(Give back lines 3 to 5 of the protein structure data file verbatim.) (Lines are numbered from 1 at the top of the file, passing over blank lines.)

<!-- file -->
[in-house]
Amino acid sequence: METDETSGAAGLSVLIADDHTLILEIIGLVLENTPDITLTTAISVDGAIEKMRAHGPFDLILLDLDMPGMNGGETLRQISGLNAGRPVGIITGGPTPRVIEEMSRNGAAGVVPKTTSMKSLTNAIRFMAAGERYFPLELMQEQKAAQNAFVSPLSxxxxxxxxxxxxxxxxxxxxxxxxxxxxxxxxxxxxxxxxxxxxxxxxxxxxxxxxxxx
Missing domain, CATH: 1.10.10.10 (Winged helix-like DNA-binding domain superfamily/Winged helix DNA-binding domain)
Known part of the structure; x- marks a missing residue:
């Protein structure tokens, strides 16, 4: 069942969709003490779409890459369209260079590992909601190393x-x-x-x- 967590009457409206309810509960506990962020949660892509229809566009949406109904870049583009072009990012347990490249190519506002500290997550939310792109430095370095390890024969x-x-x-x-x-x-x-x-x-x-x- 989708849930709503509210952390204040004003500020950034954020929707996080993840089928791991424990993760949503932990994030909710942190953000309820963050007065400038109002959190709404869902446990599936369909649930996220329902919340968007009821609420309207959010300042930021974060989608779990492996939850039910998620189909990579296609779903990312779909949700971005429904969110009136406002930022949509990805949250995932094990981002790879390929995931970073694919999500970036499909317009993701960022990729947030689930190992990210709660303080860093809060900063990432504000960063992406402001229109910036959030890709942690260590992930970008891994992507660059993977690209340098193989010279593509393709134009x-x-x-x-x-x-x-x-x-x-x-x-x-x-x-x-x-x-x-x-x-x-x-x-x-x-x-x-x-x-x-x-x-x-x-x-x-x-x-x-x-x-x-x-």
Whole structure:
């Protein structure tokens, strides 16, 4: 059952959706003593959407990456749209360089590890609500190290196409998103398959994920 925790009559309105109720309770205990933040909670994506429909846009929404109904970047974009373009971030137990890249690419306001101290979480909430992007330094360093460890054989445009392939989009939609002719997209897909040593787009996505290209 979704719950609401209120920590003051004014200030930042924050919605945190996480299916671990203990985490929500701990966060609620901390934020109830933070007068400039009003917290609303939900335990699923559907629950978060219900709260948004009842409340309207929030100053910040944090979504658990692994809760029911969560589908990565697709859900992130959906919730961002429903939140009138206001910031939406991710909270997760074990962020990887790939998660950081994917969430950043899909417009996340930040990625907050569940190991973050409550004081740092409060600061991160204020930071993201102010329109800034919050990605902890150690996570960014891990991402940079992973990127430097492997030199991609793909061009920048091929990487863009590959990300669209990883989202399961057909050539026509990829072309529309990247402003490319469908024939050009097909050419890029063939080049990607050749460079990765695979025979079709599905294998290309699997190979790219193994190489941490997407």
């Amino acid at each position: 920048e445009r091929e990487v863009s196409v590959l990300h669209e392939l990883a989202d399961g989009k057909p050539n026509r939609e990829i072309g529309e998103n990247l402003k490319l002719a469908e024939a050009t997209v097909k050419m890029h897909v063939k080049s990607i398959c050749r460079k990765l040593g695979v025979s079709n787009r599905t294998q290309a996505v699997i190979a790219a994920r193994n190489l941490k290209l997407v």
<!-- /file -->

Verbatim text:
Missing domain, CATH: 1.10.10.10 (Winged helix-like DNA-binding domain superfamily/Winged helix DNA-binding domain)
Known part of the structure; x- marks a missing residue:
């Protein structure tokens, strides 16, 4: 069942969709003490779409890459369209260079590992909601190393x-x-x-x- 967590009457409206309810509960506990962020949660892509229809566009949406109904870049583009072009990012347990490249190519506002500290997550939310792109430095370095390890024969x-x-x-x-x-x-x-x-x-x-x- 989708849930709503509210952390204040004003500020950034954020929707996080993840089928791991424990993760949503932990994030909710942190953000309820963050007065400038109002959190709404869902446990599936369909649930996220329902919340968007009821609420309207959010300042930021974060989608779990492996939850039910998620189909990579296609779903990312779909949700971005429904969110009136406002930022949509990805949250995932094990981002790879390929995931970073694919999500970036499909317009993701960022990729947030689930190992990210709660303080860093809060900063990432504000960063992406402001229109910036959030890709942690260590992930970008891994992507660059993977690209340098193989010279593509393709134009x-x-x-x-x-x-x-x-x-x-x-x-x-x-x-x-x-x-x-x-x-x-x-x-x-x-x-x-x-x-x-x-x-x-x-x-x-x-x-x-x-x-x-x-």